Between July 2013 and May 2014, a survey was conducted by the Ministry of Health of Rwanda in collaboration with the IARC, Lyon, France. The study aim was to enrol 2500 women from the general population using an age-stratified approach, namely 1000 women aged below 25 years old, 500 women aged 25 to 29 years old, 200 women in each 5-year age group between 30–34 and 45–49 years, and 200 women aged ≥50 years. All mentally and physically competent women were eligible for the study, regardless of their marital status, with exception of those who were known to be pregnant.

All participants were residents of Nyarugenge District, Kigali and were recruited in two ways: 1) A population-based invitation of women aged 18–69 years residing in pre-defined areas of Nyarugenge District was made through community workers and community meetings. Women were invited to attend the Reproductive Health Department of the district hospital (Muhima). Participation rates are difficult to estimate due to the uncertainty on the number of women who had been reached by the information campaign. 2) An additional opportunistic approach was used to recruit women aged ≤29 years who were spontaneously attending Muhima hospital or eight other health centers in the Nyarugenge District (Muhima, Butamwa, Rugarama, Mwendo, Corum, Gitega, Kabusunzu, Biryogo). Principal reasons for consultation were family planning, childhood vaccination, post-natal care services and HIV-related services. Study procedures were undertaken in the centre where the woman was consulting and very few refusals were recorded.

Following signature of an informed consent form, a structured risk questionnaire was administered to all study participants, and data transferred electronically to IARC via a specifically designed on-line webpage/application.

A cytobrush (Cervex-Brush, Rovers Medical Devices B.V., The Netherlands) was used for the collection of exfoliated cervical cells from the endocervix and ectocervix for all women. The brush containing cellular material was placed in a vial containing PreservCyt medium (Cytyc, Boxbourough, MA, USA) and stored at +4C until shipment.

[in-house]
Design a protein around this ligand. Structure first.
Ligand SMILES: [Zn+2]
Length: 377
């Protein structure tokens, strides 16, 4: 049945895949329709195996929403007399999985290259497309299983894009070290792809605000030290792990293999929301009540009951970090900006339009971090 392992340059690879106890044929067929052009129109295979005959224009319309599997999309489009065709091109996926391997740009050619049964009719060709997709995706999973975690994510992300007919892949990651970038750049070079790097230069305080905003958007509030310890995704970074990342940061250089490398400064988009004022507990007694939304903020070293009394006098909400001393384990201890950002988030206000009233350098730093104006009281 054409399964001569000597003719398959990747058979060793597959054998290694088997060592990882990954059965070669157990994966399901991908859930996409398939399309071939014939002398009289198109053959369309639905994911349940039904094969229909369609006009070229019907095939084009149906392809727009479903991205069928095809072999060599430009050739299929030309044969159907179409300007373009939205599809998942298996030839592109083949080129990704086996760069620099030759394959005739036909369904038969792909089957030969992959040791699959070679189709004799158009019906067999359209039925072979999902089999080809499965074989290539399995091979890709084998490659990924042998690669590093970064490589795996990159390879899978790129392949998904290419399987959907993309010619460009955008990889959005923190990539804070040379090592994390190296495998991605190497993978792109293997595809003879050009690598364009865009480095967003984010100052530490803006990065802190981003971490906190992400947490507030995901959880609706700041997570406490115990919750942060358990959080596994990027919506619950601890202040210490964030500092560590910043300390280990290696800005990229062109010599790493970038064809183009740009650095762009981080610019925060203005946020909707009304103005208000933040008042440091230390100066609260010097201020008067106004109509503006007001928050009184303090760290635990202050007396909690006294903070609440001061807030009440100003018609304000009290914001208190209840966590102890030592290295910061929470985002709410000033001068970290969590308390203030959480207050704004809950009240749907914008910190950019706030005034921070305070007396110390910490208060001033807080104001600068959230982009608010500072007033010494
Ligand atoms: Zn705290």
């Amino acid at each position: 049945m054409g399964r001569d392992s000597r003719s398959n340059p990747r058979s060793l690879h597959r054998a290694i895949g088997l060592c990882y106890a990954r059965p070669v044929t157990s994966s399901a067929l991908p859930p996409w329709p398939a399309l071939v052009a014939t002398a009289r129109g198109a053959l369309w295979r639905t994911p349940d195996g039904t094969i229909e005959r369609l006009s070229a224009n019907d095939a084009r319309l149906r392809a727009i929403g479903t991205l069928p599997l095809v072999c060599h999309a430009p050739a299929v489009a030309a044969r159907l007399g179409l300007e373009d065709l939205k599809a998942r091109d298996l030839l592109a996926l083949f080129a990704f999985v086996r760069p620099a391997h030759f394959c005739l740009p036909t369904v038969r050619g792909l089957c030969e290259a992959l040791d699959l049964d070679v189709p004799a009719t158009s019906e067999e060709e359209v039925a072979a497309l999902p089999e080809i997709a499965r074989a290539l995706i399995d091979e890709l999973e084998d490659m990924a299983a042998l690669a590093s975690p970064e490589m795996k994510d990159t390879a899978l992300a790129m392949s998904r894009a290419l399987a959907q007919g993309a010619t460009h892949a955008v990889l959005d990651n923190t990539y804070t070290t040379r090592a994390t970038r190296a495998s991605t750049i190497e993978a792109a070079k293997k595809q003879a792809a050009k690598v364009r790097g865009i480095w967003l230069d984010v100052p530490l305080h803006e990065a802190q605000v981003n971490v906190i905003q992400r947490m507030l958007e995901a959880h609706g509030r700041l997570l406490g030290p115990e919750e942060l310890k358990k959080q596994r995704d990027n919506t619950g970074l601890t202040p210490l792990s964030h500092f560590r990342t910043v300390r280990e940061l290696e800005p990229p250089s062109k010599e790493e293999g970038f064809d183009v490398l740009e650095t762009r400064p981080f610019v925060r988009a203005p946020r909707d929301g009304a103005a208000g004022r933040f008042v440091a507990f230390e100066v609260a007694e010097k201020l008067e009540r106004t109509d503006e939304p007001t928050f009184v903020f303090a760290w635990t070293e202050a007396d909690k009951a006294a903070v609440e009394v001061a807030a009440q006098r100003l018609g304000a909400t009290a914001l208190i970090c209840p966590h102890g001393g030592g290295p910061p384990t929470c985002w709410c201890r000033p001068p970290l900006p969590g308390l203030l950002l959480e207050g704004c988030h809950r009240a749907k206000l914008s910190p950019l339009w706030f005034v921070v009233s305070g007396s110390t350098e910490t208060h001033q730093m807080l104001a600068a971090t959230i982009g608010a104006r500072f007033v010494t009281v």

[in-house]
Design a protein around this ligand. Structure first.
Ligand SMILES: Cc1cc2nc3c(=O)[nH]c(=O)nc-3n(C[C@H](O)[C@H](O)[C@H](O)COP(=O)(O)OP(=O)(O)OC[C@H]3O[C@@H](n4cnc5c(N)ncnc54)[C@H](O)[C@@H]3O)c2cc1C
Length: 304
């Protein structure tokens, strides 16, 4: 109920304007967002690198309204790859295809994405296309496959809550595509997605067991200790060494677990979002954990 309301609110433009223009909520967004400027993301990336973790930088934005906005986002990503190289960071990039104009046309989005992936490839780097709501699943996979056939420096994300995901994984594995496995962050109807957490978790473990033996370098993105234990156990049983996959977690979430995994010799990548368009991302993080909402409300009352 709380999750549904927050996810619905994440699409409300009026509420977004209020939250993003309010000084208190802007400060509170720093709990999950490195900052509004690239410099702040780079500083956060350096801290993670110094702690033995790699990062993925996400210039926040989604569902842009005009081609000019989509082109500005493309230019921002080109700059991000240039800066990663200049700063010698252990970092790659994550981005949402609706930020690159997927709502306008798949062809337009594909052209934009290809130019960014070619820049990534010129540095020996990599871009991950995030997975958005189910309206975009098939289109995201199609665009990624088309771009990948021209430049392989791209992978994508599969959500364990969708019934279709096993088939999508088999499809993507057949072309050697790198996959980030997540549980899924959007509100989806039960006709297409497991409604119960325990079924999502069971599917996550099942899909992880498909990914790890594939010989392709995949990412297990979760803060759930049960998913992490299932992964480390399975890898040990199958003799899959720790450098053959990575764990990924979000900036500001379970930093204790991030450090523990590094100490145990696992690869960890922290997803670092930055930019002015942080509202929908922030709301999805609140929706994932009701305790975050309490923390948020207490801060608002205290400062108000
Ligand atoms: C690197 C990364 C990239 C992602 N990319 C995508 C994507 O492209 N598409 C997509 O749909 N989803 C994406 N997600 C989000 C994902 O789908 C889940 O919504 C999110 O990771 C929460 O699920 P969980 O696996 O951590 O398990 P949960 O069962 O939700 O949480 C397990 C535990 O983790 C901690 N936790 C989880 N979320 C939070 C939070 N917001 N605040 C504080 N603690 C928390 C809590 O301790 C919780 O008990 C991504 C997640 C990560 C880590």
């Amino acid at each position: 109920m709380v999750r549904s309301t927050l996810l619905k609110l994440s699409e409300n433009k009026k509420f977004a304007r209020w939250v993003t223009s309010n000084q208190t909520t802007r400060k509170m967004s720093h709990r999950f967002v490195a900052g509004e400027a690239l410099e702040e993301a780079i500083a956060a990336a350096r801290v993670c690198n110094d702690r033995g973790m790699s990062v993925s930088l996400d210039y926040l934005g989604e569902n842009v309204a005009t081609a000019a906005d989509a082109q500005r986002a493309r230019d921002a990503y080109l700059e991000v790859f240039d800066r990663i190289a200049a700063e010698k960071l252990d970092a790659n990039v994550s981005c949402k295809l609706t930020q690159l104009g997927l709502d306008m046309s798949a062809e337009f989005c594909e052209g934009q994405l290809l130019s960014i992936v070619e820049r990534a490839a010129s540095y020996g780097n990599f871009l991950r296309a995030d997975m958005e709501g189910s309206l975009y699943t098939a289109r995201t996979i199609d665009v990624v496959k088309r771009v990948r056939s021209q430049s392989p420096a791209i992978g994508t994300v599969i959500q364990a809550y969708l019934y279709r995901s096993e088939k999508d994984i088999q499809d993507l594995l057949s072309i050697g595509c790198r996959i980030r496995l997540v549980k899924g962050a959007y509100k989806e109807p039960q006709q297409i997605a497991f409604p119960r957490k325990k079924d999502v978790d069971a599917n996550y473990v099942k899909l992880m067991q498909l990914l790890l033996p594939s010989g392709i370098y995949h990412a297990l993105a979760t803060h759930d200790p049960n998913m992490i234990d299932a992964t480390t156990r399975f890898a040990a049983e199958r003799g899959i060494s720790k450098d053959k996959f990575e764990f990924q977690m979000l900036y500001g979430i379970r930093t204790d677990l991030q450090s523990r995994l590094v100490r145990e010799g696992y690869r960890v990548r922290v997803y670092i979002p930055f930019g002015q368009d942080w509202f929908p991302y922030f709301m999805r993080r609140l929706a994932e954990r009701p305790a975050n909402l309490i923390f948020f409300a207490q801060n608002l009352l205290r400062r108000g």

Women aged ≥30 years old also underwent screening by visual inspection with acetic acid (VIA). Women with visible abnormalities of the cervix, and/or who were positive for high risk (HR) HPV infection (for which results became available at a later date, see below) were to be recalled for a second VIA and treatment according to national protocols (including cryotherapy, thermo coagulation or loop electrosurgical excision of the cervix transition zone). Biopsies were to be taken from all HPV-positive women, either VIA-directed to a visible lesion or randomly from 12 o’clock of the transformation zone in the absence of a visible lesion, prior to any treatment. Histological confirmation of cervical tissue was performed at the Department of Pathology at the Kigali Teaching University Hospital. Histology results are the subject of ongoing quality control and, apart from invasive cervical cancer, are not reported here. Among women ≤29 years, no VIA was performed, nor were HR HPV-positive women recalled for follow-up.

HPV testing and liquid based cytology (LBC)

HPV testing was performed on exfoliated cervical cells in the Department of Pathology at the VU University Medical Center, Amsterdam. DNA was extracted from the PreservCyt sample using magnetic beads (Macherey-Nagel) on a robotic system (Hamilton Robotics) according to the manufacturer’s instructions. Beta-Globin PCR analysis was conducted first to confirm the presence of human DNA in all specimens [4]. The presence of HPV DNA was determined by conducting a general primer GP5+/6+ − mediated PCR, which permits the detection of a broad spectrum of genital HPV types [5]. HPV positivity was assessed by hybridization of PCR products in an enzyme immunoassay with two oligoprobe cocktails that, together, detect 44 mucosal HPV types. Subsequent HPV genotyping was conducted by reverse-line blot hybridization of GP5+/6+ PCR products [6]. HPV types considered HR types for this analysis were HPV16, 18, 31, 33, 35, 39, 45, 51, 52, 56, 58, 59, and 68 [7]; possible HR types HPV26, 30, 34, 53, 66, 67, 69, 70, 73, 82, and 85; low-risk (LR) types HPV6, 11, 32, 40, 42, 43, 44, 54, 55, 57, 61, 64, 71, 72, 81, 83, 84, 86, 89, and 90.